Let’s set the context. Ware just had offseason surgery on his back, and since that was successful, he’s ready for at least another year.
"I definitely want to play. I've got a lot of passion. I'm always chasing that ring," Ware told ESPN. "People say if you get four sacks you pass this guy, or if you get five sacks you pass that guy -- four-this, five-that. But my biggest thing is always I want a ring while I'm sacking the heck out of the quarterback."
"I just felt like I needed to get myself back to health this time around," Ware said. "I tried to make it through the season, but it was the wear and tear and then you get to the point you can't do certain things because of the nerve. But I'm repaired, I feel right. I don't know what to do with myself now; I feel like a new man."
So the question is: Do the Cowboys want to take a chance on a player who will be 35 years old when the season starts and has had multiple injuries to his back over the years? And he might not come as cheap as some would want if the Denver Broncos want to bring him back, that would create somewhat of a bidding situation if Dallas was truly interested.
The Cowboys are desperate for pass rush help, could Ware provide that? Or maybe he could provide something else? John Owning makes the case:
Luckily, signing Ware wouldn’t prohibit the Cowboys from spending a premium pick on their pass rush as Ware only has a few years left and wouldn’t impede the progress of a potential rookie defensive end. In fact, bringing in the Alabama native could be the best thing for a rookie.
Just look at the Atlanta Falcons for example.
They brought in Dwight Freeney, in part, because of his ability to mentor their talented young pass-rusher Vic Beasley, and it worked wonders as Beasley went from rookie disappointment to leading the NFL in sacks.
Ware could have a similar type of impact on young players like David Irving, Benson Mayowa and Randy Gregory (he will be eligible again, and with the league considering changing its marijuana policies, it could be sooner than you think).
And that’s before he even steps on the field.
Owning doesn’t dismiss what Ware could still do on the field if he remains healthy but it is his professionalism, his mastery of technique and his will to win that would help shape some of the younger pass rushers on the Dallas roster, and anyone they bring in through the draft.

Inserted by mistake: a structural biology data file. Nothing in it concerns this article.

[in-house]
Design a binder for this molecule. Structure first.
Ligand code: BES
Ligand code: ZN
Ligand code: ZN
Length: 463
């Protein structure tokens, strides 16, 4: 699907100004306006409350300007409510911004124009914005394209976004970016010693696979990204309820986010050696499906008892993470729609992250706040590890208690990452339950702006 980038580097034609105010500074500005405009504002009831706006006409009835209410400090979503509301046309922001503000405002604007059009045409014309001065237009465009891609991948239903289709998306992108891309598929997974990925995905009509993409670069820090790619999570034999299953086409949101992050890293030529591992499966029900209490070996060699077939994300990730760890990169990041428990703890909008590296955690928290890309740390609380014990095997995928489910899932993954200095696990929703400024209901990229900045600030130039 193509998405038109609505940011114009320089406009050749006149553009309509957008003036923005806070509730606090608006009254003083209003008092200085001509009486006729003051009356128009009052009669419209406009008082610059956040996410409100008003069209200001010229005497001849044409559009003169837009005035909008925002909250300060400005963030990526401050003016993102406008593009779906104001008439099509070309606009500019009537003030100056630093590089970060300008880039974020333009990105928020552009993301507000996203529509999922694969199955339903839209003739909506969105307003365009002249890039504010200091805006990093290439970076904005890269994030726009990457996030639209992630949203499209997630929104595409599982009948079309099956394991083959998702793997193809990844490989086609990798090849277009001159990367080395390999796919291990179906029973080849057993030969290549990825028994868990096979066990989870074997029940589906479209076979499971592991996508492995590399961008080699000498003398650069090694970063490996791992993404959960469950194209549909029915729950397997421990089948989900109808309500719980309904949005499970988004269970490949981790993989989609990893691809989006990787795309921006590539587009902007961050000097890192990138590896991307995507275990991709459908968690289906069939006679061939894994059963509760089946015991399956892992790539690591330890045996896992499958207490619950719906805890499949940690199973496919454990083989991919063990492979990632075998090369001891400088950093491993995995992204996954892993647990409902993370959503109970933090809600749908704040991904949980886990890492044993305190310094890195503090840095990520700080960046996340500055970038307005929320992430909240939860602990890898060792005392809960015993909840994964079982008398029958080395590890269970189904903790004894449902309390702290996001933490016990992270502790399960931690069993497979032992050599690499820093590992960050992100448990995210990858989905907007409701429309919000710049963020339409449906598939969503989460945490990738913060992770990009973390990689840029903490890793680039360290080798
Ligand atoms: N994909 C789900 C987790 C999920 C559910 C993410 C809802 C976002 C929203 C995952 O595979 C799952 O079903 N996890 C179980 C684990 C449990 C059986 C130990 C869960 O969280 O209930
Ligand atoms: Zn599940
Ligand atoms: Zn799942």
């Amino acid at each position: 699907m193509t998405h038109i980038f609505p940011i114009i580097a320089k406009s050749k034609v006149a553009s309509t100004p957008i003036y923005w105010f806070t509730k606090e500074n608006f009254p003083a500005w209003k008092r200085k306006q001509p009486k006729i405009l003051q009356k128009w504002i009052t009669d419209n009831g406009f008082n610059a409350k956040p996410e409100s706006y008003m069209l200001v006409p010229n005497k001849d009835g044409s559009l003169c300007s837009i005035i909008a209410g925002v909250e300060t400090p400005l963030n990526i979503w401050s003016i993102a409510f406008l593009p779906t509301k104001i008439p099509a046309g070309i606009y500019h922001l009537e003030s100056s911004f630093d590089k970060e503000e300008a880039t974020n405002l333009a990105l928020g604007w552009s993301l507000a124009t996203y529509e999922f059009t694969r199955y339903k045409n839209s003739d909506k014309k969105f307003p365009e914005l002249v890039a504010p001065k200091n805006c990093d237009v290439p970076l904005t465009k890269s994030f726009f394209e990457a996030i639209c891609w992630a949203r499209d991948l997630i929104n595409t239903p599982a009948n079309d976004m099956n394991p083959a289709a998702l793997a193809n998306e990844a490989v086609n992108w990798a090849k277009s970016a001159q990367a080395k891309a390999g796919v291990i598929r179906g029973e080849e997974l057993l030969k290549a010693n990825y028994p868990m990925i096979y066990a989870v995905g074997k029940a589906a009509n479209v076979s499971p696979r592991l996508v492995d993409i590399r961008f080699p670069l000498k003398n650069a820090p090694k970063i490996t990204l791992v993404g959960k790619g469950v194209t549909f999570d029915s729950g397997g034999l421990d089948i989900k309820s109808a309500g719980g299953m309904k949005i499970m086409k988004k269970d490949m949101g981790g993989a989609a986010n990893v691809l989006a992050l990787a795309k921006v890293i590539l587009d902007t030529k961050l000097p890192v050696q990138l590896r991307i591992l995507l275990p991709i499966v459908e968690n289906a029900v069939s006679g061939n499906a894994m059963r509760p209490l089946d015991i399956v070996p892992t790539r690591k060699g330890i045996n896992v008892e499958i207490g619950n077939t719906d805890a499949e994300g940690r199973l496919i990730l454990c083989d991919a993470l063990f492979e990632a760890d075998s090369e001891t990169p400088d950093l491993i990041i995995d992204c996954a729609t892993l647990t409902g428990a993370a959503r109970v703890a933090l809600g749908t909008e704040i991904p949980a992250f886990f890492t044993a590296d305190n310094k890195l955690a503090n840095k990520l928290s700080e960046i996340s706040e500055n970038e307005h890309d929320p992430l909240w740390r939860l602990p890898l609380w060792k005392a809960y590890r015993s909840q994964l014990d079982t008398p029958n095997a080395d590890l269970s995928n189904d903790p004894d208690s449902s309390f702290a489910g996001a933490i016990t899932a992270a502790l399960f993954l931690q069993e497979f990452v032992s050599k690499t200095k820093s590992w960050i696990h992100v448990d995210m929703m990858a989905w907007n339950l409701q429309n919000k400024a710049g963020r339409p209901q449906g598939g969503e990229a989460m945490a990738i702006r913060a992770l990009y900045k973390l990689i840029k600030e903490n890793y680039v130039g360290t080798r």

If Ware's back feels better than it has in 18 months, as he contends, and he remains healthy, I'd bet he makes a run at double-digit sacks. He'd give the Cowboys a presence they haven't had since he left, and he'd be a priceless mentor for all the young ends on the roster.
Frankly, the only problem I can envision is if the Broncos decide to bring him back and he'd rather remain paired up with Miller.
Otherwise, Jerry, do your due diligence and see what it would take to get it done. The Cowboys are trending up, but they won't go deep in the playoffs without a pass rush. Especially against the likes of Brady. He looked pretty pedestrian when Atlanta pressured him early. But when the Falcons' defense ran out of gas, and he had time, Brady did what Brady does.
I guess this all comes down to what it always does in the NFL, price. Ware had to take a pay cut in Denver last year, playing for $6.5 million. It’s unlikely he’ll see that kind of money again, but how low will he go, and how much would the Broncos give him if they make a run at re-signing him? Would you give Ware $5 million for a season? $3 million?
What’s your thoughts on signing DeMarcus Ware and how much would you pay him if you wanted to?